Thai red-shirt peace talks reach stalemate Skip to main content

Thai red-shirt peace talks reach stalemate

By Rachel Harvey
BBC South East Asia correspondent, Bangkok

Representatives from both sides at the talks in Bangkok on 29 
March 2010
The two sides cannot agree on when fresh elections should be held
Anti-government protesters in Thailand have refused to take part in further talks with the prime minister unless he changes his position on elections.
The protesters, known as the red-shirts, have staged a series of mass rallies in the capital, Bangkok, calling for parliament to be dissolved.

The two sides have held two rounds of discussions but are no nearer an agreement.
The prime minister said his offer of talks still stood.
After 17 days of protest and almost five hours of face to face talks, there is still no resolution in sight.
Anti-government activists are insisting that Prime Minister Abhisit Vejjajiva dissolve parliament within 15 days.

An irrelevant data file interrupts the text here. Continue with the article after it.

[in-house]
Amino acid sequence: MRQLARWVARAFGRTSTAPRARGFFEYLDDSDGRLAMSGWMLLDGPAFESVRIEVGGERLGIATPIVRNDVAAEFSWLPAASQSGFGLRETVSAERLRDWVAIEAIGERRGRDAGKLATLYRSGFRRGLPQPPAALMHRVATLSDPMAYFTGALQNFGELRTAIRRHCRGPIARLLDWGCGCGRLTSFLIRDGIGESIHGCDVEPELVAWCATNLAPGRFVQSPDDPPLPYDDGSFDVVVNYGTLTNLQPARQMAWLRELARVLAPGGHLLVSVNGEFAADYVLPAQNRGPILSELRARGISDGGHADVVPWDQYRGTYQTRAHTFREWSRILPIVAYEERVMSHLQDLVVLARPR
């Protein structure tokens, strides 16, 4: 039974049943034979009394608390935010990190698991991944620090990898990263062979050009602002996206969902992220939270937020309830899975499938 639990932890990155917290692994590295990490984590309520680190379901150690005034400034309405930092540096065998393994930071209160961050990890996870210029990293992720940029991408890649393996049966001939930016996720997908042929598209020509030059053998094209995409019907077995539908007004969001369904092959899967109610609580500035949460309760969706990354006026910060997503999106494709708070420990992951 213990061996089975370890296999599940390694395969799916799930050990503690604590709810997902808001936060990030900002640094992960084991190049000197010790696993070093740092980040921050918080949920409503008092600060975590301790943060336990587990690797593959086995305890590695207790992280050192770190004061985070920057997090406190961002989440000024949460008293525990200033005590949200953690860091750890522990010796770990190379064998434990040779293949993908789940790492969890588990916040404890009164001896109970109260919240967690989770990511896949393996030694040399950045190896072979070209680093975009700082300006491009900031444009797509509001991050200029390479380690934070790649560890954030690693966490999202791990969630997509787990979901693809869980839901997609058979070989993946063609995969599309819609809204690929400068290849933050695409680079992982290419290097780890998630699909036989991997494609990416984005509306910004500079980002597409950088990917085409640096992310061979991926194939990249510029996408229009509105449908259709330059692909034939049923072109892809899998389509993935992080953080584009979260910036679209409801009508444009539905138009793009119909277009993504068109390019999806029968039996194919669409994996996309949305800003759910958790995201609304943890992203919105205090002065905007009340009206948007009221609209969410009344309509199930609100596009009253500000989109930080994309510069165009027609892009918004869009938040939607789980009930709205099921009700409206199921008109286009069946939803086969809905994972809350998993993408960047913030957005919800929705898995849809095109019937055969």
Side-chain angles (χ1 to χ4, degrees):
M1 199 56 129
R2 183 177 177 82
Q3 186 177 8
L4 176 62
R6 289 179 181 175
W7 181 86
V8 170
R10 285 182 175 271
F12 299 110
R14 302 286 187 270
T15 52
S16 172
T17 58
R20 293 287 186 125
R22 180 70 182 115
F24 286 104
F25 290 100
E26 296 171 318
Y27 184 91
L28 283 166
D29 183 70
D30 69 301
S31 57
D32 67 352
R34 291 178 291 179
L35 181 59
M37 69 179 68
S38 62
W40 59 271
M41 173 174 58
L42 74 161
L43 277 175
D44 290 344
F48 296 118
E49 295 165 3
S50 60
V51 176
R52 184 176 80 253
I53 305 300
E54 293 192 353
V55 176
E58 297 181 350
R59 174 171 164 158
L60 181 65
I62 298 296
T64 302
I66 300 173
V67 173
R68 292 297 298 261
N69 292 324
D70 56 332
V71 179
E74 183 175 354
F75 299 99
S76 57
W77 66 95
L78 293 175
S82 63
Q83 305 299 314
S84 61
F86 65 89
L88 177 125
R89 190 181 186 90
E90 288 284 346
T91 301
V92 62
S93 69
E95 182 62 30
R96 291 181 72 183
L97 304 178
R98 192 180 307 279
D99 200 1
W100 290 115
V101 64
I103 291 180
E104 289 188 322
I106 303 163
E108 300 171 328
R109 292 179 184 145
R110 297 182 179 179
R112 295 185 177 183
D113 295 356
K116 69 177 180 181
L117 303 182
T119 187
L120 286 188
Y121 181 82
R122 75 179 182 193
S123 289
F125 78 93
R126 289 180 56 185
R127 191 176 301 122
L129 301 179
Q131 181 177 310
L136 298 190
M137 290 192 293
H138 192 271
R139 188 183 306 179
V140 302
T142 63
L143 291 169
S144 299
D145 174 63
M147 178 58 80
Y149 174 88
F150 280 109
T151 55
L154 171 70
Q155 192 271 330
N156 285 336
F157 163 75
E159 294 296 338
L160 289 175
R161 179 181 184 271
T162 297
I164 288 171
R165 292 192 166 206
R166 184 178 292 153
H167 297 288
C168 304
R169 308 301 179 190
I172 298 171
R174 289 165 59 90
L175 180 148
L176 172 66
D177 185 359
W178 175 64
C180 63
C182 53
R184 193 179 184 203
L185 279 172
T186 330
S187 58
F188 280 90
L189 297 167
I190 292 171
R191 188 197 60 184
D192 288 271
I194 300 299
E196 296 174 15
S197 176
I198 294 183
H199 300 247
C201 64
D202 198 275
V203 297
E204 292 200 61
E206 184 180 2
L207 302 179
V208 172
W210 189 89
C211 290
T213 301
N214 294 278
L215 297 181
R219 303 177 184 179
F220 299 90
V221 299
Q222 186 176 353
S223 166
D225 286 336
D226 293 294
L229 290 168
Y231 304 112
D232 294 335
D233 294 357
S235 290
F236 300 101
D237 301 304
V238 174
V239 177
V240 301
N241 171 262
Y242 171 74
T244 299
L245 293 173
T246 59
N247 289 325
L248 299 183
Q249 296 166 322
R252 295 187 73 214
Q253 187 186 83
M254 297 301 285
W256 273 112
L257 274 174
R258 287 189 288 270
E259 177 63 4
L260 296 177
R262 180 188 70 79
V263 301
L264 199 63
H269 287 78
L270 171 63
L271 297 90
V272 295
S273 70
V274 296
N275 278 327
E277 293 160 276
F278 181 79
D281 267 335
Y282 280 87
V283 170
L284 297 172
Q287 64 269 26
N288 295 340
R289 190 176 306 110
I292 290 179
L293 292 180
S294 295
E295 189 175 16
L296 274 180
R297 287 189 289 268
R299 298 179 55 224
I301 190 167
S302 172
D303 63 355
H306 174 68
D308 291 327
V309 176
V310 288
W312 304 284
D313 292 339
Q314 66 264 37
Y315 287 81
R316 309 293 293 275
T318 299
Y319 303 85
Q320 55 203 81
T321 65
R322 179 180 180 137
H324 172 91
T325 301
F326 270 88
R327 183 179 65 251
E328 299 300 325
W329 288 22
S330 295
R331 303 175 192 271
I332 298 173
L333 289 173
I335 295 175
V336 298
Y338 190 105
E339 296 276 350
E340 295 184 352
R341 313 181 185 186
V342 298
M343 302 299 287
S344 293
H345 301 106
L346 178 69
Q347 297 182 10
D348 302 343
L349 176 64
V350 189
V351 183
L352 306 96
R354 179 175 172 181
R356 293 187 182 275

Mr Abhisit has offered to comply within nine months and says he is willing to have another round of talks to try to reach an agreement.
But the red-shirts accuse the prime minister of insincerity and say there is no point in further discussion unless he agrees to shift his time frame.
One of the protest leaders contacted by the BBC said the door to negotiations was not closed, but it depended on the government's next move.
Dr Weng Tojirakarn said that all red-shirt leaders agreed on the deadline of 15 days for parliament to be dissolved. However there are meetings now going on to decide on the next steps.
"We are planning to talk to academics for suggestions. The situation is changing by the hour. We can't say that the door to negotiations is closed, but it depends on how the government reacts," he told the BBC.
The government's immediate response has been to extend special security legislation for another week.



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